1. Cough that produces thick mucus
Coughing helps to rid your body of the mucus produced from inflammation of the airways and lungs. This mucus may also contain blood.
With bronchitis or pneumonia, you may have a cough that produces thick mucus that may have a distinct color, including:
A cough can linger for several weeks even after other symptoms have improved.
2. Stabbing chest pains
caused by a lung infection is often described as sharp or stabbing. The chest pain tends to worsen while coughing or breathing deeply. Sometimes the sharp pains can be felt in your mid to upper back.
Aoccurs as your body tries to fight off the infection. Normal body temperature is typically around 98.6°F (37°C).
If you have a bacterial lung infection, your fever may rise as high as a dangerous 105°F (40.5°C).
Any high fever above 102°F (38.9°C) often results in many other symptoms, such as:
- muscle aches
You should see a doctor if your fever goes above 102°F (38.9°C) or if it lasts more than three days.
4. Body aches
Your muscles and back may ache when you have a lung infection. This is called myalgia. Sometimes you can develop inflammation in your muscles which can also lead to body aches when you have an infection.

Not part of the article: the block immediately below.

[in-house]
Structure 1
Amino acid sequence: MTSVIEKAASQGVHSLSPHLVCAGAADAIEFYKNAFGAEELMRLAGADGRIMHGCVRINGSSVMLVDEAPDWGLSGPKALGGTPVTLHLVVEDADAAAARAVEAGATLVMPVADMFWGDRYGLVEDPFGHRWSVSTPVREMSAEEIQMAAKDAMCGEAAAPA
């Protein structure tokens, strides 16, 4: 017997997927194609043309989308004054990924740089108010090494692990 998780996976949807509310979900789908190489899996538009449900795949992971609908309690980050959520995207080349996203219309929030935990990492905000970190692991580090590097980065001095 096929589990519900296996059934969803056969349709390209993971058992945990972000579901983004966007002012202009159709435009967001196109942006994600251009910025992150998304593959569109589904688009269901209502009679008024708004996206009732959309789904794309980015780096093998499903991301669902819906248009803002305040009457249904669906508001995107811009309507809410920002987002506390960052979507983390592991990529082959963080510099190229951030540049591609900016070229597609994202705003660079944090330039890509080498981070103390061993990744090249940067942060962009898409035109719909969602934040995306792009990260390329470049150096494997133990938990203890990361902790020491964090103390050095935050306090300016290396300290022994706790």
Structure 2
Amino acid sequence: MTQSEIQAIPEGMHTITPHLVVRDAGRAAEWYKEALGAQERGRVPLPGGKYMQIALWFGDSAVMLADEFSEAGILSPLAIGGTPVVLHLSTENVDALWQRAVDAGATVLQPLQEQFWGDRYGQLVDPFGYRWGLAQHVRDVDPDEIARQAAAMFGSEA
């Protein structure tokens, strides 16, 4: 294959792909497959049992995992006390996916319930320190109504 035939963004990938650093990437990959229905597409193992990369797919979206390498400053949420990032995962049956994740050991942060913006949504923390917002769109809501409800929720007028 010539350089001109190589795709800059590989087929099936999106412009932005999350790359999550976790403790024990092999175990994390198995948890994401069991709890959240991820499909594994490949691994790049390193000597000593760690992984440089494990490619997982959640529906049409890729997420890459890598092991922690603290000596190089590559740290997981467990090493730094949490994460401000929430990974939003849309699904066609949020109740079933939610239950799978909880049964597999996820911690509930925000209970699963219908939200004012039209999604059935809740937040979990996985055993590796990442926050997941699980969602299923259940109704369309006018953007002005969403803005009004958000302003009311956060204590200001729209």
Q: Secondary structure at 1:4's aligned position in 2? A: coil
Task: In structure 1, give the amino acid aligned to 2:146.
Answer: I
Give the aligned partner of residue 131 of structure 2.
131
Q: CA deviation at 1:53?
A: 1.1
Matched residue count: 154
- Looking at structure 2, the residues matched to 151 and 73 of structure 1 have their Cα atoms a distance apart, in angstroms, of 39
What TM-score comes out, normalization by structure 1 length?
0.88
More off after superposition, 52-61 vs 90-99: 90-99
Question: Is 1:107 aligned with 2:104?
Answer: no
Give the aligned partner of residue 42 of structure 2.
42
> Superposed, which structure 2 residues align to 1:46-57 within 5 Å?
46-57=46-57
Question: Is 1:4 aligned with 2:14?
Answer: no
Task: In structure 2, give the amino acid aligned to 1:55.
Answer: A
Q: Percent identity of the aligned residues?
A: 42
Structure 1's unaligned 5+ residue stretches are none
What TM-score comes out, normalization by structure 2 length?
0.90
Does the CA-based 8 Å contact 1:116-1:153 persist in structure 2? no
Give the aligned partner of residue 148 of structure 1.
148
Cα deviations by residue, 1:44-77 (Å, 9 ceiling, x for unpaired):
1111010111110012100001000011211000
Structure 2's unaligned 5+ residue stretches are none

5. Runny nose
A runny nose and other flu-like symptoms, such as sneezing, often accompany a lung infection like bronchitis.
6. Shortness of breath
means that you feel like breathing is difficult or that you can’t breathe in completely. You should see a doctor right away if you’re having trouble breathing.
You’ll usually feel sluggish and tired as your body fights off an infection. Rest is crucial during this time.
When you exhale, you might hear a high-pitched whistling sound known as wheezing. This is the result narrowed airways or inflammation.
9. Bluish appearance of the skin or lips
Your lips or nails may start to appear slightly blue in color due to lack of oxygen.
10. Crackling or rattling sounds in the lungs
One of the telltale signs of a lung infection is a crackling sound in the base of the lungs, also known as. A doctor can hear these sounds using a tool called a stethoscope.